• developing language for thinking and talking about cultural representation and expression, for example, ‘perspectives’, ‘values’, ‘images’, ‘stereotypes’, ‘inclusions’ and ‘exclusions’

Years 9 and 10 Achievement Standards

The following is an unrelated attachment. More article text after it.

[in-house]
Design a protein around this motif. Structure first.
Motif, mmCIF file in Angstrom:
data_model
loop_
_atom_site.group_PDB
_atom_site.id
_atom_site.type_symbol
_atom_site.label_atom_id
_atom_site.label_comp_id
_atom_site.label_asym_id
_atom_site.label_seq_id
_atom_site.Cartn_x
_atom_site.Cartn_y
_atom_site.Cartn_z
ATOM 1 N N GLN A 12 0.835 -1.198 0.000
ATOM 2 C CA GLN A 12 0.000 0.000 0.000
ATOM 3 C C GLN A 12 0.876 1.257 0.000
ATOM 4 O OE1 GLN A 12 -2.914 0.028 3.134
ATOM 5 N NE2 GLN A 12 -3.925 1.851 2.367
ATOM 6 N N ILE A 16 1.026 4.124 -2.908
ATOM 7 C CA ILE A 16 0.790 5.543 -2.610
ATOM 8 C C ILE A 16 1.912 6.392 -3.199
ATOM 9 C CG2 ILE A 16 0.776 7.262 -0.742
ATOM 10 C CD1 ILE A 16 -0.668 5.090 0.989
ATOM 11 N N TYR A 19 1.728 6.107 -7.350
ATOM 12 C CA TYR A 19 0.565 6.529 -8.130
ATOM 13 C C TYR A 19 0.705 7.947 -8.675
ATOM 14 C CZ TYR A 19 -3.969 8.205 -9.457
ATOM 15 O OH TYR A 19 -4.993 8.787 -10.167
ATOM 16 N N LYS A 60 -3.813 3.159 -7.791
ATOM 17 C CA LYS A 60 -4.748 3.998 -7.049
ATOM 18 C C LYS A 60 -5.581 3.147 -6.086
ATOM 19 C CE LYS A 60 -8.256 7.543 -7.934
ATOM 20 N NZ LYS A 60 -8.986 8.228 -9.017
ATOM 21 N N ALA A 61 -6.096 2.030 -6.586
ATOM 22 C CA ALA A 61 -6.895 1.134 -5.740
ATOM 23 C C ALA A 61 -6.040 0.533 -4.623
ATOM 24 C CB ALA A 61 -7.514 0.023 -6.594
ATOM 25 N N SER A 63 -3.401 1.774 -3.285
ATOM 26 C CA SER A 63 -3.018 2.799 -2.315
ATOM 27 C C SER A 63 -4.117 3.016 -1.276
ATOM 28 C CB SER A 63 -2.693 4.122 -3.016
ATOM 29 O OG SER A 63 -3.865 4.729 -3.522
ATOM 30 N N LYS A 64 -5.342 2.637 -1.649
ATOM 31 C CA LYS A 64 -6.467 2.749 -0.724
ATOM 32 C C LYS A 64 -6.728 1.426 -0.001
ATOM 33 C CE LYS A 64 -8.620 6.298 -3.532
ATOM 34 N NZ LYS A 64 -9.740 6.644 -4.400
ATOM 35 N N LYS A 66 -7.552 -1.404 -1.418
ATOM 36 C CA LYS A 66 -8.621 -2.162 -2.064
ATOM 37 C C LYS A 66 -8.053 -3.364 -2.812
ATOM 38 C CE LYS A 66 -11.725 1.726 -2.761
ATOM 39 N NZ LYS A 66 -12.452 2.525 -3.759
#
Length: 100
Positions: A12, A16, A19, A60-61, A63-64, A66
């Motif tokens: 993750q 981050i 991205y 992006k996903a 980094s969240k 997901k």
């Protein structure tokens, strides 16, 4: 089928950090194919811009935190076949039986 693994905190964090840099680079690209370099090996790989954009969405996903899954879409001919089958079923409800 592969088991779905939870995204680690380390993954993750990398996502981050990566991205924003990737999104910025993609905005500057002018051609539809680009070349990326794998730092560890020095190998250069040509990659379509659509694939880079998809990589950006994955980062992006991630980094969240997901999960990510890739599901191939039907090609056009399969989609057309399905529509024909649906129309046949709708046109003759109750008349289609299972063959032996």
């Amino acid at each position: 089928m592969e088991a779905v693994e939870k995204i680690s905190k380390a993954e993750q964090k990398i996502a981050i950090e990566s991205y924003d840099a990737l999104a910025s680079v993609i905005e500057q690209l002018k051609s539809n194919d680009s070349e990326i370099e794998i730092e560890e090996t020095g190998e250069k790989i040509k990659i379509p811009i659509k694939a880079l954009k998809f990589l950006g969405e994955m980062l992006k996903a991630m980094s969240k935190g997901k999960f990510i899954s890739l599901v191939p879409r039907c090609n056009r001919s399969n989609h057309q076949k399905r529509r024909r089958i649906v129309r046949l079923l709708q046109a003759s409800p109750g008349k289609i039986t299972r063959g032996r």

By the end of Year 10, students use written and spoken French to socialise with peers, teachers and other French speakers in local contexts and online environments. They communicate about immediate and personal interests and involvements (such as family, friends, interests), and some broader social and cultural issues (such as health, social media, international experience, the environment). They approximate rhythms and intonation patterns of extended and compound sentences, using syllable combinations, and building fluency and accuracy in pronunciation, pitch and stress. They use the passé composé tense of regular verbs with avoir and être, noticing that the participe passé form of verbs with être involves gender and number agreement. They identify the form and function of reflexive verbs (such as se laver, se lever) and use appropriate forms of possessive adjectives in own language production. They locate, interpret and analyse information from different print, digital and community sources, and communicate information, ideas and views in a range of contexts using different modes of presentation. They use expressive and descriptive vocabulary to talk about feelings and experiences. They create imaginative and performative texts for a range of purposes, such as entertaining or persuading. They use French to narrate and describe, matching modes of presentation to context and intended audience. They create bilingual texts (such as guides, event commentaries, cultural glossaries), and interpret observed interactions in terms of cultural practices and comparisons.